A-beta Oligomer-Mediated Calcium Influx via the N-methyl-D-aspartate Receptor Connects Excitotoxic Signaling to the Cell Cycle Re-entry Pathway of Neuron Death in Alzheimer's Disease
Kodis, Erin, Biology - Graduate School of Arts and Sciences, University of Virginia
Bloom, George, Department of Biology, University of Virginia
Alzheimer’s disease (AD) is a devastating neurological disorder characterized by progressive memory loss and cognitive decline. Histopathologically, AD is characterized by two types of protein aggregates in brain, amyloid- (A) plaques and tau-containing neurofibrillary tangles, as well as by massive synaptic loss and neuron death. Aβ peptides act upstream of tau in AD pathogenesis, and have been demonstrated to interact with multiple proteins at the cell surface. In particular, Aβ oligomers (AβOs) have been shown to interact with and cause calcium influx thorough the N-methyl-D-aspartate receptor. Neurons in adult brain are normally in a permanently post-mitotic state, but in AD they exhibit ectopic cell cycle re-entry (CCR), which leads to their eventual death.
The data presented in the following dissertation demonstrates that A-mediated calcium influx through NMDAR is necessary for the induction of CCR in neurons, connecting the calcium dysfunction in AD to the CCR pathway of neuron death. Chelating total intracellular calcium in neurons with BAPTA-AM treatment inhibits CCR, indicating CCR is calcium dependent. When primary neurons are treated with the pharmacological inhibitor MK-801, specifically blocking calcium influx through the NMDAR channel pore, CCR is also inhibited, implying a critical role for NMDAR calcium influx in CCR pathogenesis. Additionally, AO treatment causes early activation of CaMKII, a calcium-dependent protein kinase that must phosphorylate tau at Ser416 for CCR to occur. Blocking NMDAR-mediated calcium influx by MK-801 treatment blocks this CaMKII activation, putting NMDAR upstream of both CaMKII activation and subsequent phosphorylation of tau. Treatment of primary neurons with memantine, an FDA approved drug for the treatment of moderate to severe AD that blocks NMDAR calcium influx, also inhibits CCR. Furthermore, treatment of the AD mouse model Tg2576 with memantine before the onset of AD pathology inhibits CCR in these mice, suggesting that memantine has a previously undemonstrated prophylactic role in AD treatment.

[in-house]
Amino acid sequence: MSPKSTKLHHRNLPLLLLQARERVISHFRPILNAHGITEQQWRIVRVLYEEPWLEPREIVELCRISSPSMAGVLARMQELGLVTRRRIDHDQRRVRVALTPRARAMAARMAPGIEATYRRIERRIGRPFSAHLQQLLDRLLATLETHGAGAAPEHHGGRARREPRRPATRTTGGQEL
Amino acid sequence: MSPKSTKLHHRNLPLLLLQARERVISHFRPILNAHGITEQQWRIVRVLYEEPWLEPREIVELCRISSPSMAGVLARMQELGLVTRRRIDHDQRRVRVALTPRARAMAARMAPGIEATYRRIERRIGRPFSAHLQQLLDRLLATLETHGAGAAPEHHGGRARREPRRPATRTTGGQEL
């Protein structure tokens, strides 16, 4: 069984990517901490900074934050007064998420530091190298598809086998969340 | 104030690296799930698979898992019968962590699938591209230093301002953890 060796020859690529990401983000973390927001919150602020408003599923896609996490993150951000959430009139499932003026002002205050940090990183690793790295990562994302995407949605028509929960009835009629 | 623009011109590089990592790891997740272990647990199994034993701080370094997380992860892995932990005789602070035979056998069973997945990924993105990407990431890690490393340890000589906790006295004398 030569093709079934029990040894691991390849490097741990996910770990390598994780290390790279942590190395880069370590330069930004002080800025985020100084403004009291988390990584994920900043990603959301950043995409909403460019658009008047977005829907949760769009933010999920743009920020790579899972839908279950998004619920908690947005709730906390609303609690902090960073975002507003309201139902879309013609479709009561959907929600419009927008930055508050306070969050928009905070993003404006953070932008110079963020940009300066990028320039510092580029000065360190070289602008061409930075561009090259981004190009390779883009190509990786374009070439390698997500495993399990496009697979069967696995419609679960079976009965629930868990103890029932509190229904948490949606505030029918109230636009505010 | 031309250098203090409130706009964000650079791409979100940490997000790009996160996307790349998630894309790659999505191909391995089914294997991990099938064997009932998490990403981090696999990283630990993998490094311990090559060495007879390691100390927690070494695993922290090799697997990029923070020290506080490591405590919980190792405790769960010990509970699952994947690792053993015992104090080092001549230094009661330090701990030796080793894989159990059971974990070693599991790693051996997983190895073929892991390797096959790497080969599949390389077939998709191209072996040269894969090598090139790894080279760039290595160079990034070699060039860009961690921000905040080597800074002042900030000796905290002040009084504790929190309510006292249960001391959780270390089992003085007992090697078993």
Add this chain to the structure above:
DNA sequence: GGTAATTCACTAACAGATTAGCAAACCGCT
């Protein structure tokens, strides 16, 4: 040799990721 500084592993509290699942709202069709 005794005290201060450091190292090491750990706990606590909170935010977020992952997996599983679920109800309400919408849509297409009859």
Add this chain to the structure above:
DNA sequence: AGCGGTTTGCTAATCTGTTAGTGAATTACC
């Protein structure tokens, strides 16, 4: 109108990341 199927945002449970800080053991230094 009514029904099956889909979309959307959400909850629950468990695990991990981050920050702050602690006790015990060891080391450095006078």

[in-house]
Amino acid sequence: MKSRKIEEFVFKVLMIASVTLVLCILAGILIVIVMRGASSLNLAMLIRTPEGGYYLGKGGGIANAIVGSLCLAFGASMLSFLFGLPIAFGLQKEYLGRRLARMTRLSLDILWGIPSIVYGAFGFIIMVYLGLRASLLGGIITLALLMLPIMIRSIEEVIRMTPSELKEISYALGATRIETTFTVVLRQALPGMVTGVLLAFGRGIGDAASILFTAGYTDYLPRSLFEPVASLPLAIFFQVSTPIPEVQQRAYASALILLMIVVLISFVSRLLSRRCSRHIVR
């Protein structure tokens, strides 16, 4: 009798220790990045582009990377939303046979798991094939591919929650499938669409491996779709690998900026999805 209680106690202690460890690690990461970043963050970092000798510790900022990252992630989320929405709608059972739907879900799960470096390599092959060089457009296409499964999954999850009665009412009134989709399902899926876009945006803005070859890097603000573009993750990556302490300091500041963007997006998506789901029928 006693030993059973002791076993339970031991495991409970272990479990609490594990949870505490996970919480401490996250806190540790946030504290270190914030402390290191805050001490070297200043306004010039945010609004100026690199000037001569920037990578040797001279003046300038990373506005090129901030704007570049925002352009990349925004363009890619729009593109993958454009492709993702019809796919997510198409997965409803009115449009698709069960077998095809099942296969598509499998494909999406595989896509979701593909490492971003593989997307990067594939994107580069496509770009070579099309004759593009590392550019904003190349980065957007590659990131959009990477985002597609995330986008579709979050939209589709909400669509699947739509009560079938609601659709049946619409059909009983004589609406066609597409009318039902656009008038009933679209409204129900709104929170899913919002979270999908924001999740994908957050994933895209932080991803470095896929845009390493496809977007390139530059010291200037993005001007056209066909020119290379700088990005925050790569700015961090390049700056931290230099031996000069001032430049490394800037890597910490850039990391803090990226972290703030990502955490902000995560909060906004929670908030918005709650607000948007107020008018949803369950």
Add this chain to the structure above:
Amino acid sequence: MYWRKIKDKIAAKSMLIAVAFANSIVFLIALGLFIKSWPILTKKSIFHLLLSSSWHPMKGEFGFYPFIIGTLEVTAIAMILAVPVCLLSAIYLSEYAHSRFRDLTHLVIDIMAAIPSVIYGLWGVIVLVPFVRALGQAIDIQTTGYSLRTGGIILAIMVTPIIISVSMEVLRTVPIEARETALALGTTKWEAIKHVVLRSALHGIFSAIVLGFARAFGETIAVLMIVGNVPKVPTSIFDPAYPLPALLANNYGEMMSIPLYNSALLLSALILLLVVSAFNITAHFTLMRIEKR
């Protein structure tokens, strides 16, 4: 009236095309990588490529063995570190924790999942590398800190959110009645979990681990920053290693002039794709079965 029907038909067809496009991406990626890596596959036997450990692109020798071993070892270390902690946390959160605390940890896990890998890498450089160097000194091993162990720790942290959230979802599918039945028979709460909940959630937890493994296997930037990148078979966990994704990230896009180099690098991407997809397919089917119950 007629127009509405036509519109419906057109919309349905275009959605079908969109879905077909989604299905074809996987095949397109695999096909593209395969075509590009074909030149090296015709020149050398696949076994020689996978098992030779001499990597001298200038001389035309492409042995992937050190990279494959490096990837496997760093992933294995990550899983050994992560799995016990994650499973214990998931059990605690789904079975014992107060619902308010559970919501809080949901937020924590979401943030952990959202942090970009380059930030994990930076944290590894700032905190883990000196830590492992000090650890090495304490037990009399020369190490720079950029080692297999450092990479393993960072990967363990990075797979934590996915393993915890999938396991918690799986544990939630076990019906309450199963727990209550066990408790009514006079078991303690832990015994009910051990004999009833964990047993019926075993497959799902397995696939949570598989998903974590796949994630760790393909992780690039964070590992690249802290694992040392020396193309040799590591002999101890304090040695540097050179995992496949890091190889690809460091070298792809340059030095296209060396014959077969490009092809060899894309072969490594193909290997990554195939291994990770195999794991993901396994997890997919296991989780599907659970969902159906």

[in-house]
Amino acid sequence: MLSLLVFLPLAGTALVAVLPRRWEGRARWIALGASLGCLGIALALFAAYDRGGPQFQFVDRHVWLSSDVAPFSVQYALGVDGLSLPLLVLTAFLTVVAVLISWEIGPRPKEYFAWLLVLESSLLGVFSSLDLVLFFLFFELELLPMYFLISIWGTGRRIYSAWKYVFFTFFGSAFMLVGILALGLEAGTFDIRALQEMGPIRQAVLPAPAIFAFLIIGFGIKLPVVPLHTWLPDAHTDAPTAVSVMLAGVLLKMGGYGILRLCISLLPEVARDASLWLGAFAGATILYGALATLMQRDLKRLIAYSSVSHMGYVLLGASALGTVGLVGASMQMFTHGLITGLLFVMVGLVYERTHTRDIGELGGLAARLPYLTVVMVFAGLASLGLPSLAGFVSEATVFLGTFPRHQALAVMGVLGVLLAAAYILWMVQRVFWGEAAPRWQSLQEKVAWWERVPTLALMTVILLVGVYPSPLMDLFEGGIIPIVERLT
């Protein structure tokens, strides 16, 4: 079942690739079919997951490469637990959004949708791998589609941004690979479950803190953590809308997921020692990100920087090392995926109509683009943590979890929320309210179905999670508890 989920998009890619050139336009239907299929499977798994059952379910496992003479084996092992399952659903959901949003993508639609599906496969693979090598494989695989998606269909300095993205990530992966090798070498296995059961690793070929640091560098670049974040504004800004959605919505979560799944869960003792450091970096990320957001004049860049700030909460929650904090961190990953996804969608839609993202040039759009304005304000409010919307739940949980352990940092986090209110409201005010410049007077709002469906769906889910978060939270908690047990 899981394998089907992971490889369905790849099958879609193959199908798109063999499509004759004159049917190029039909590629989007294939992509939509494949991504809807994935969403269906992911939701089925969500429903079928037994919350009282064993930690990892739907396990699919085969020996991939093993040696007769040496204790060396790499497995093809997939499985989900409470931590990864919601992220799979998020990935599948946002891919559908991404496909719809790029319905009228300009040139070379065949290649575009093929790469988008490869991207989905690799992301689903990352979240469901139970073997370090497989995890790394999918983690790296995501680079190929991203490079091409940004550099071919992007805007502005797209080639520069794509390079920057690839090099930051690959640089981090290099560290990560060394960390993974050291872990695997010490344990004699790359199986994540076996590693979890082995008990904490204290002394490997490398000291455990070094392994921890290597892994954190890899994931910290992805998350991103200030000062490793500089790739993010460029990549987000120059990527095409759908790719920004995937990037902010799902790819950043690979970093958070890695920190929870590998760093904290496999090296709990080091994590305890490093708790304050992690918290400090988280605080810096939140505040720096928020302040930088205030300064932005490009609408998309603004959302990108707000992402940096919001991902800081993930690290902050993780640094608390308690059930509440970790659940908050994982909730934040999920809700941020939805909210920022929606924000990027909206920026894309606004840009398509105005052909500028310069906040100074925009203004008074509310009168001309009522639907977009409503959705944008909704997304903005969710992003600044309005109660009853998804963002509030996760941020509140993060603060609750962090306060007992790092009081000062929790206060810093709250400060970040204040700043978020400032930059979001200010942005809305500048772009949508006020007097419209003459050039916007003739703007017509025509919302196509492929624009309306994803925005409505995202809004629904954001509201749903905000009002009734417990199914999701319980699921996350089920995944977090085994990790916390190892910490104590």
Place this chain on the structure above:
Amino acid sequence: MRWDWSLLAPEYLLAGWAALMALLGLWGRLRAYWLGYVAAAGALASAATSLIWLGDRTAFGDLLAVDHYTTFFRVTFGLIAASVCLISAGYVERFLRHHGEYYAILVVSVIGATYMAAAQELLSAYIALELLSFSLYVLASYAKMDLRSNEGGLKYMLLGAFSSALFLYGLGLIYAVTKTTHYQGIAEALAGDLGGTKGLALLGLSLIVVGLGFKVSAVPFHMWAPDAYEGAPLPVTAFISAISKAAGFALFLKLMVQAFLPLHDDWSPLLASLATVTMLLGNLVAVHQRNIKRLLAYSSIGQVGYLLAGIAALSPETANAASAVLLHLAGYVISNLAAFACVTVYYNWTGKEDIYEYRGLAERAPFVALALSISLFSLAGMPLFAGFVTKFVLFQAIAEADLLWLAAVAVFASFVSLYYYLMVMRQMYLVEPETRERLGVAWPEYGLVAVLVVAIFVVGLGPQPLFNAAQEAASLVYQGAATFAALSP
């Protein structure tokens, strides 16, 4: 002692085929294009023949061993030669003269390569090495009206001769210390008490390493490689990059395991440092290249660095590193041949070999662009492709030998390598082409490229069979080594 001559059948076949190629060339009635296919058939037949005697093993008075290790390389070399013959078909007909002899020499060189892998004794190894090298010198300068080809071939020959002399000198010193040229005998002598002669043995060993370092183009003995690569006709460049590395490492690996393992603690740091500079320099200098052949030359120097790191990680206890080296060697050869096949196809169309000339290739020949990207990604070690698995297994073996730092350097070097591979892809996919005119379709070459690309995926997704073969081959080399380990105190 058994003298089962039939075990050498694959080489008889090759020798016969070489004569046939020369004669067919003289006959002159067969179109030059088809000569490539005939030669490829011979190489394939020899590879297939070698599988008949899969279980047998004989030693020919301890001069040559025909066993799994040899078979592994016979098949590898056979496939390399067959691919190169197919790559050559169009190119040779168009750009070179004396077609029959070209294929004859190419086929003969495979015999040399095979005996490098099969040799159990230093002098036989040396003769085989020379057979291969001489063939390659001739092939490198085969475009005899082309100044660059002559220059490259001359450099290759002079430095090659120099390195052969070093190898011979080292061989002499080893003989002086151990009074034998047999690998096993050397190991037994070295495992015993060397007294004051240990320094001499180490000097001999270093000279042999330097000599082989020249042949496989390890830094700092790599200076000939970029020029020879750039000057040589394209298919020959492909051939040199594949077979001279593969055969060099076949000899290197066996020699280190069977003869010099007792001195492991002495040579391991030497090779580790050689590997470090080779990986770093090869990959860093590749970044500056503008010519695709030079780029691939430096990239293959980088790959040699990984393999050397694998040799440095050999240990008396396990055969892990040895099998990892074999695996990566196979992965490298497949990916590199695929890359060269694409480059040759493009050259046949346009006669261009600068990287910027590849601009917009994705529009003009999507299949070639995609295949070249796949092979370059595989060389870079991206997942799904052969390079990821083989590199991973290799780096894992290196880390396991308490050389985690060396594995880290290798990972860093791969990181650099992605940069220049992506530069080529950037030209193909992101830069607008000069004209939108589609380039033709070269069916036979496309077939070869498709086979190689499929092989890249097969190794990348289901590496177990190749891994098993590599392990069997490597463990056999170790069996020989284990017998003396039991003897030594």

Together, these results indicate that excess calcium influx via the NMDA receptor is an essential early step in AO-induced neuronal CCR. Furthermore, the collective data imply that this specific type of calcium dysregulation triggers the two cell biological responses that together account for the behavioral deficits in AD: excitotoxicity at the synapse, and neuron death (via CCR).
PHD (Doctor of Philosophy)
Calcium, Alzheimer's disease, Neurodegeneration, Cell signaling, Amyloid beta, Cell cycle re-entry
All rights reserved (no additional license for public reuse)